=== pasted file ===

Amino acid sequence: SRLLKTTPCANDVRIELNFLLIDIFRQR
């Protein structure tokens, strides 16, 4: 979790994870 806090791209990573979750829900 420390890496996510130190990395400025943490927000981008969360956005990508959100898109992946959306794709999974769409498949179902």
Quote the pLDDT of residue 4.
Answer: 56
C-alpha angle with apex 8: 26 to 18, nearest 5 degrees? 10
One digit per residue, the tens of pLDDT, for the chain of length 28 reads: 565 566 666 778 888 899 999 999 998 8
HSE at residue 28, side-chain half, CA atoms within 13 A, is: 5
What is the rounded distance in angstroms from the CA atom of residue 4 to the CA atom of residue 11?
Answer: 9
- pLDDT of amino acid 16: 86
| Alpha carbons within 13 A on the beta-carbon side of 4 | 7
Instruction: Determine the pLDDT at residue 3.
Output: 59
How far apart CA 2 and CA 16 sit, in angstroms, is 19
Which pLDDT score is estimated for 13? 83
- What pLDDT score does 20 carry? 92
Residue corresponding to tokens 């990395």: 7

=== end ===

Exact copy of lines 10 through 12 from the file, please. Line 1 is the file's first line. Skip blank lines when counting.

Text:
- pLDDT of amino acid 16: 86
| Alpha carbons within 13 A on the beta-carbon side of 4 | 7
Instruction: Determine the pLDDT at residue 3.